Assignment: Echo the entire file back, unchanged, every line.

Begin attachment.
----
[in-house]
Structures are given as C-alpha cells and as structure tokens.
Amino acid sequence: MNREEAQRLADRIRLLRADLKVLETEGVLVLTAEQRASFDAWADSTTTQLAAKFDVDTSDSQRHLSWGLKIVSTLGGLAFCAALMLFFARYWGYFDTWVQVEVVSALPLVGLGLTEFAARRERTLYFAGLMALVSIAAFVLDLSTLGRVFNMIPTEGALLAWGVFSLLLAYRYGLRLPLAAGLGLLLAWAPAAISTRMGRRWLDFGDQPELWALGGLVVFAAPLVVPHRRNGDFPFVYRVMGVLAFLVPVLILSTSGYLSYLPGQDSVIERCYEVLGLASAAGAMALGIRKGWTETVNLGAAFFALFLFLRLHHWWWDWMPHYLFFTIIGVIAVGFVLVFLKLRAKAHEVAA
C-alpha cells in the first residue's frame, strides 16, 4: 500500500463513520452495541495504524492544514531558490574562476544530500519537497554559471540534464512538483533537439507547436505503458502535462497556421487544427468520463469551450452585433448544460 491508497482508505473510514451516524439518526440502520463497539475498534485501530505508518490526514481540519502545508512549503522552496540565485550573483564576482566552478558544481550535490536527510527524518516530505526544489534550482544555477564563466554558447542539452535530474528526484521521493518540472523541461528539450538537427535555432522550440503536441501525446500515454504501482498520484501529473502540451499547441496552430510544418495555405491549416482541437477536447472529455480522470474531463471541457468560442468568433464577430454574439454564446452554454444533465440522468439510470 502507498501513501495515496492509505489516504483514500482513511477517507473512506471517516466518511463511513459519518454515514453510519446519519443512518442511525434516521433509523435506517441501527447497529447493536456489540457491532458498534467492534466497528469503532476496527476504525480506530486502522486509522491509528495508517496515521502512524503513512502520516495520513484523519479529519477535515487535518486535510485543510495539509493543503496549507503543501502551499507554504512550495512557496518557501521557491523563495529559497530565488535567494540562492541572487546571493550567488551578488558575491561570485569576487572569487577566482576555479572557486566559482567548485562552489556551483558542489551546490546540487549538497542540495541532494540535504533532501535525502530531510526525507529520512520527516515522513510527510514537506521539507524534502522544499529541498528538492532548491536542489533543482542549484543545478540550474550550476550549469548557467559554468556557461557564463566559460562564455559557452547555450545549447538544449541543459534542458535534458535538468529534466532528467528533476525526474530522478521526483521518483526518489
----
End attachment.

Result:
[in-house]
Structures are given as C-alpha cells and as structure tokens.
Amino acid sequence: MNREEAQRLADRIRLLRADLKVLETEGVLVLTAEQRASFDAWADSTTTQLAAKFDVDTSDSQRHLSWGLKIVSTLGGLAFCAALMLFFARYWGYFDTWVQVEVVSALPLVGLGLTEFAARRERTLYFAGLMALVSIAAFVLDLSTLGRVFNMIPTEGALLAWGVFSLLLAYRYGLRLPLAAGLGLLLAWAPAAISTRMGRRWLDFGDQPELWALGGLVVFAAPLVVPHRRNGDFPFVYRVMGVLAFLVPVLILSTSGYLSYLPGQDSVIERCYEVLGLASAAGAMALGIRKGWTETVNLGAAFFALFLFLRLHHWWWDWMPHYLFFTIIGVIAVGFVLVFLKLRAKAHEVAA
C-alpha cells in the first residue's frame, strides 16, 4: 500500500463513520452495541495504524492544514531558490574562476544530500519537497554559471540534464512538483533537439507547436505503458502535462497556421487544427468520463469551450452585433448544460 491508497482508505473510514451516524439518526440502520463497539475498534485501530505508518490526514481540519502545508512549503522552496540565485550573483564576482566552478558544481550535490536527510527524518516530505526544489534550482544555477564563466554558447542539452535530474528526484521521493518540472523541461528539450538537427535555432522550440503536441501525446500515454504501482498520484501529473502540451499547441496552430510544418495555405491549416482541437477536447472529455480522470474531463471541457468560442468568433464577430454574439454564446452554454444533465440522468439510470 502507498501513501495515496492509505489516504483514500482513511477517507473512506471517516466518511463511513459519518454515514453510519446519519443512518442511525434516521433509523435506517441501527447497529447493536456489540457491532458498534467492534466497528469503532476496527476504525480506530486502522486509522491509528495508517496515521502512524503513512502520516495520513484523519479529519477535515487535518486535510485543510495539509493543503496549507503543501502551499507554504512550495512557496518557501521557491523563495529559497530565488535567494540562492541572487546571493550567488551578488558575491561570485569576487572569487577566482576555479572557486566559482567548485562552489556551483558542489551546490546540487549538497542540495541532494540535504533532501535525502530531510526525507529520512520527516515522513510527510514537506521539507524534502522544499529541498528538492532548491536542489533543482542549484543545478540550474550550476550549469548557467559554468556557461557564463566559460562564455559557452547555450545549447538544449541543459534542458535534458535538468529534466532528467528533476525526474530522478521526483521518483526518489